Located in Southeastern Mexico, just off the Yucatan Peninsula, Cozumel offers plentiful sandy white beaches with beautiful clear ocean waters. Cozumel, only 28 miles long, is Mexico’s largest Caribbean island. You can get to the island by plane, ferry or by ship as it sits approximately 12 miles away from the mainland.
Known for being one of the premier scuba diving destinations to visit, divers can maneuver the best reefs in the world and a see a huge variety of marine life while out in its waters. While diving and snorkeling are the main attraction to Cozumel, there are a wide variety of other things to see and do while there.
The Maya are thought to have been the first to call Cozumel home over 2,000 years ago and you can still today, see many of their ruins. San Gervasio, located in the center of the island, holds the ruins where Mayan woman paid tribute to the goddess of love and fertility, Ix-Chel. There are many more ruins to visit on the island such as Tikal, surrounded by thick jungle, Chichen Itza, which has massive pyramids and Tulum, the only Mayan city built to overlook the sea.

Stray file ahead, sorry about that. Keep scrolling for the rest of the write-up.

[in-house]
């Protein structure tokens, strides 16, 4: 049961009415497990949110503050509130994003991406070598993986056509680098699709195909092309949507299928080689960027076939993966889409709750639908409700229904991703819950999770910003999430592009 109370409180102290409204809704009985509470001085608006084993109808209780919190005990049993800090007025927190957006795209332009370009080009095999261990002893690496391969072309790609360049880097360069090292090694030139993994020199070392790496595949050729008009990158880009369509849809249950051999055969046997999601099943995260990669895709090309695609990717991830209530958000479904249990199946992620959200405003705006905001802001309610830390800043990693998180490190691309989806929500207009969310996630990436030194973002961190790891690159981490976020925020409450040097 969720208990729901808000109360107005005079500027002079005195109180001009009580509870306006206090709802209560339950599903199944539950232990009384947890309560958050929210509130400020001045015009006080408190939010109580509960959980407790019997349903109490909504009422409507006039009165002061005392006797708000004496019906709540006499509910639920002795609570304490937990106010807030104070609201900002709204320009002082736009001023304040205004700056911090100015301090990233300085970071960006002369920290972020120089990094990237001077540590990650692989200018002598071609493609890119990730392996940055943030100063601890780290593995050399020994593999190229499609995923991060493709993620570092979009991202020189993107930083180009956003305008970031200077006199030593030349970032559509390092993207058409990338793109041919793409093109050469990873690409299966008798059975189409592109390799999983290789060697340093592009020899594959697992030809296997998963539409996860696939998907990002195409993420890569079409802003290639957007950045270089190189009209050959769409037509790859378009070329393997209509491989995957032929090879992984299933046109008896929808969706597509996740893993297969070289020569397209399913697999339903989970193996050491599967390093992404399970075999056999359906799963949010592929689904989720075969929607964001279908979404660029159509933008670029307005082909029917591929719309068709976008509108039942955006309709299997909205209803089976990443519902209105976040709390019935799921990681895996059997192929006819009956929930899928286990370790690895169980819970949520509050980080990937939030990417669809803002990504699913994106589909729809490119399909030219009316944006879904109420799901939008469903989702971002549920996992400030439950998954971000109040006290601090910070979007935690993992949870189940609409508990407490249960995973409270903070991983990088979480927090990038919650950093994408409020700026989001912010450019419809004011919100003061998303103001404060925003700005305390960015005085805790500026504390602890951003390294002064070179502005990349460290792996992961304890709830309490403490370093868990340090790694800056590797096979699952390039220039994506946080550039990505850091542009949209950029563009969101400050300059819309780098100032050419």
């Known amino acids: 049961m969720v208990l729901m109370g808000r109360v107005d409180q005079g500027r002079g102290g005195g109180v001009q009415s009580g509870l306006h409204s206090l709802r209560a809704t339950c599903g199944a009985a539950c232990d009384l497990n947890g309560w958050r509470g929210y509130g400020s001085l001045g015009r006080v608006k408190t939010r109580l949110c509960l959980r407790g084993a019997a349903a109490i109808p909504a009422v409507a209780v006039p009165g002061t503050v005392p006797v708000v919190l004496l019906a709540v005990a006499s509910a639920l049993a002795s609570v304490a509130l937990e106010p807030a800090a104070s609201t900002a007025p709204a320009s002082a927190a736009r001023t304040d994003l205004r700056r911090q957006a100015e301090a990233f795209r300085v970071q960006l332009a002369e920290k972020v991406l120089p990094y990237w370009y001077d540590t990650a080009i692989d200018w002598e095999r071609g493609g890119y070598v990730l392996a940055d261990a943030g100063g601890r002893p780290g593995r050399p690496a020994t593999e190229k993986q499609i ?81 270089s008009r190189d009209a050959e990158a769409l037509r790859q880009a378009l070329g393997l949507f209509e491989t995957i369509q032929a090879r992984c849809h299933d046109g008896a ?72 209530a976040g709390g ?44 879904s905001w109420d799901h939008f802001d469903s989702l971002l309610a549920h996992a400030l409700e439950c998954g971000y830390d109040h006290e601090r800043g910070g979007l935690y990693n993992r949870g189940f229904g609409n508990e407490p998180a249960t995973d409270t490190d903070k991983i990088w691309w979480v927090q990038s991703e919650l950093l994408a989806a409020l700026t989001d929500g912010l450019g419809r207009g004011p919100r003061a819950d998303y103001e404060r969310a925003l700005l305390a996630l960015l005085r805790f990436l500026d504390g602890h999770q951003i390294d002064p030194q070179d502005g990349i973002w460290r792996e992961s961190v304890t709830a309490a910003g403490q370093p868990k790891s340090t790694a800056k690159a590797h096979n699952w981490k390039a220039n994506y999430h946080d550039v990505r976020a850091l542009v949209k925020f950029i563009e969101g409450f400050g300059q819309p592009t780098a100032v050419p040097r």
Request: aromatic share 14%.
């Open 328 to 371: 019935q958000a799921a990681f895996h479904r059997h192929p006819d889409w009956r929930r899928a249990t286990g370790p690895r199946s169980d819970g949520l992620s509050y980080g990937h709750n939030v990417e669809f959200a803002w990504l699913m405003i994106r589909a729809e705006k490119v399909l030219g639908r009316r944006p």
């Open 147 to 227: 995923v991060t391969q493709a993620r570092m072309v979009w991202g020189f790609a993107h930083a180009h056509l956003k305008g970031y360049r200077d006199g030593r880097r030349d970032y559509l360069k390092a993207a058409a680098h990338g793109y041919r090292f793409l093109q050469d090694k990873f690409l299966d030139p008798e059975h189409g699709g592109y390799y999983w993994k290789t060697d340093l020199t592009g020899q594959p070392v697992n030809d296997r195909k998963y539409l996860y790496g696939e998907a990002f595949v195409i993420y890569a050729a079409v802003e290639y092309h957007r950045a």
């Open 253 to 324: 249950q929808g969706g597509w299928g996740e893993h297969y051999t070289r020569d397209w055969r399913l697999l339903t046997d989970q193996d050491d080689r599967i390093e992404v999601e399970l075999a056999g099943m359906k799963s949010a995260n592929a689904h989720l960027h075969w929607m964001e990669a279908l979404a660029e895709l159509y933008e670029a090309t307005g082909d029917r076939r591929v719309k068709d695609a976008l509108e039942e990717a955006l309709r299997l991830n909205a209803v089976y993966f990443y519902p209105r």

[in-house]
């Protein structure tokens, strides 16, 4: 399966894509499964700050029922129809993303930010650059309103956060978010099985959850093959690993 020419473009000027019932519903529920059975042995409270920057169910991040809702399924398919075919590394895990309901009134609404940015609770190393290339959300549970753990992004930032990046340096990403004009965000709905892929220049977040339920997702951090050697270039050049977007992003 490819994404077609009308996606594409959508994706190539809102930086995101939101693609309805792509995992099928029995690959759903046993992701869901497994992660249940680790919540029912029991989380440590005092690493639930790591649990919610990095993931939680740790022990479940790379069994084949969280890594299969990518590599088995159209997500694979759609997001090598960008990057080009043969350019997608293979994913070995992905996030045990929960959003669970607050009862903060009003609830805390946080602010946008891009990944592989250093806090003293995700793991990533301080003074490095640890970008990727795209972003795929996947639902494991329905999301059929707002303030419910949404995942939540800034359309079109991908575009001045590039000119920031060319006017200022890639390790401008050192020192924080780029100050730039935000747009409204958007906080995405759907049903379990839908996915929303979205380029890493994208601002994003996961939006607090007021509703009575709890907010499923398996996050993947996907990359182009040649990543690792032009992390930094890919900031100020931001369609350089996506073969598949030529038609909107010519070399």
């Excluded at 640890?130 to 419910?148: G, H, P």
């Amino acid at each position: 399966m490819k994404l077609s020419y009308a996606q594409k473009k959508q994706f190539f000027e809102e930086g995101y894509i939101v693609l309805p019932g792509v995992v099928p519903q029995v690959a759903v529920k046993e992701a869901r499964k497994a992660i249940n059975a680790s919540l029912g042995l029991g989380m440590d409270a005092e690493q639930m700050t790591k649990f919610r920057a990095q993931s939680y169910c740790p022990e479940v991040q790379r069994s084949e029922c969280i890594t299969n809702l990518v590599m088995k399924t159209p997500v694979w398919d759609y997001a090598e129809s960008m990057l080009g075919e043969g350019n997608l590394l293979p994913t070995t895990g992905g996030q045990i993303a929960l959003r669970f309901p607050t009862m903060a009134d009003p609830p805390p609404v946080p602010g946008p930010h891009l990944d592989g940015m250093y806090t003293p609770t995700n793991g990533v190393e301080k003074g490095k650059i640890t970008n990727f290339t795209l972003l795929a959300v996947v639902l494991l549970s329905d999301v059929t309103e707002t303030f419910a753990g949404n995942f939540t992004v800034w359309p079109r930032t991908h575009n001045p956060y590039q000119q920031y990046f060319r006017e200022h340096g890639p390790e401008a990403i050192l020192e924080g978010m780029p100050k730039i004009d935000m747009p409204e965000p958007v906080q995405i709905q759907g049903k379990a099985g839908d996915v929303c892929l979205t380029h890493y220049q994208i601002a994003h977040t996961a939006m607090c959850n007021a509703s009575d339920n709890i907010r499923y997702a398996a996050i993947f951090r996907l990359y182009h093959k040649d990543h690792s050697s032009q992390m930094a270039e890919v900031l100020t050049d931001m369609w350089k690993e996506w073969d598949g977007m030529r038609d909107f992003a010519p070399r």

In 1518, an expedition led by Juan de Grijalva came to the island followed by Hernan Cortes in 1519. 10,000 Maya people openly received both of these expedition teams. In 1520, crew members of the Panfilo Narvaez expedition brought smallpox to the island and by 1570, only 358 Maya had survived. By 1688, most on the island came inland to towns such as Chemax. In 1848, refugees escaping the tumult of the Caste War of Yucatan settled on the island and the next year, in 1849 the town of San Miguel de Cozumel was recognized by the Mexican government.
In the 1960s, Jacques Cousteau brought notoriety to the island and described Cozumel as one of the most beautiful scuba diving areas of the word. After this, the tourism boom began and in the early 1970’s the island saw a cruise ship terminal being built.
Each year, Cozumel celebrate Carnaval de Cozumel, a tradition that dates back to 1876. This huge fiesta, which typically occurs in February each year, boasts 3 to 4 nights of colorful parades that feature an array of beautiful costumes and groups performing for your entertainment and has been compared to Mardi Gras here in the United States.
Today, approximately 95,000 residents live in Cozumel and are said to be the friendliest, courteous people in Mexican who welcome tourists to enjoy their island.